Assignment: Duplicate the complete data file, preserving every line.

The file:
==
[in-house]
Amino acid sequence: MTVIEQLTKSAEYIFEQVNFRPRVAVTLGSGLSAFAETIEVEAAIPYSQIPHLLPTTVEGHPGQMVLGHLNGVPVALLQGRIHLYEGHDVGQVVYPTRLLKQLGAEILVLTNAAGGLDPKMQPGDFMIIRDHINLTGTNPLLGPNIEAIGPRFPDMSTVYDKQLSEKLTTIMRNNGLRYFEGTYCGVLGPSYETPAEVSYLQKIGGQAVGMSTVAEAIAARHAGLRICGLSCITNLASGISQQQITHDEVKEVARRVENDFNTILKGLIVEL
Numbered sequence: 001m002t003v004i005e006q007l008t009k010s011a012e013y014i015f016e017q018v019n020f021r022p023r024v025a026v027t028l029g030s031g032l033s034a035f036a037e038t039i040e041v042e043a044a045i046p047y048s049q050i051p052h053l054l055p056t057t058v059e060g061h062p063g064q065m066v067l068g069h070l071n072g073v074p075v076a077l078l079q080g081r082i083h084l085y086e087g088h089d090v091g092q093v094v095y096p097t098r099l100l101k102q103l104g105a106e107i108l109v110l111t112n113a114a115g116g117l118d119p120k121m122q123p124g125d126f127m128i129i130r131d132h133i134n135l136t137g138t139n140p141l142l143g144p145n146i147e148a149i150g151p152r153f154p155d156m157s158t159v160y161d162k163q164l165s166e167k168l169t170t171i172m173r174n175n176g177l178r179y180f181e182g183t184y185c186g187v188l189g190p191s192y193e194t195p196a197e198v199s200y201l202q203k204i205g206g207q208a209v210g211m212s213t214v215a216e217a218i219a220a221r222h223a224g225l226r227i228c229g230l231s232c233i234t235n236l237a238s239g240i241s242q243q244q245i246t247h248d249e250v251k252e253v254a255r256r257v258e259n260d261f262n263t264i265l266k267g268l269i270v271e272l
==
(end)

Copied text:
[in-house]
Amino acid sequence: MTVIEQLTKSAEYIFEQVNFRPRVAVTLGSGLSAFAETIEVEAAIPYSQIPHLLPTTVEGHPGQMVLGHLNGVPVALLQGRIHLYEGHDVGQVVYPTRLLKQLGAEILVLTNAAGGLDPKMQPGDFMIIRDHINLTGTNPLLGPNIEAIGPRFPDMSTVYDKQLSEKLTTIMRNNGLRYFEGTYCGVLGPSYETPAEVSYLQKIGGQAVGMSTVAEAIAARHAGLRICGLSCITNLASGISQQQITHDEVKEVARRVENDFNTILKGLIVEL
Numbered sequence: 001m002t003v004i005e006q007l008t009k010s011a012e013y014i015f016e017q018v019n020f021r022p023r024v025a026v027t028l029g030s031g032l033s034a035f036a037e038t039i040e041v042e043a044a045i046p047y048s049q050i051p052h053l054l055p056t057t058v059e060g061h062p063g064q065m066v067l068g069h070l071n072g073v074p075v076a077l078l079q080g081r082i083h084l085y086e087g088h089d090v091g092q093v094v095y096p097t098r099l100l101k102q103l104g105a106e107i108l109v110l111t112n113a114a115g116g117l118d119p120k121m122q123p124g125d126f127m128i129i130r131d132h133i134n135l136t137g138t139n140p141l142l143g144p145n146i147e148a149i150g151p152r153f154p155d156m157s158t159v160y161d162k163q164l165s166e167k168l169t170t171i172m173r174n175n176g177l178r179y180f181e182g183t184y185c186g187v188l189g190p191s192y193e194t195p196a197e198v199s200y201l202q203k204i205g206g207q208a209v210g211m212s213t214v215a216e217a218i219a220a221r222h223a224g225l226r227i228c229g230l231s232c233i234t235n236l237a238s239g240i241s242q243q244q245i246t247h248d249e250v251k252e253v254a255r256r257v258e259n260d261f262n263t264i265l266k267g268l269i270v271e272l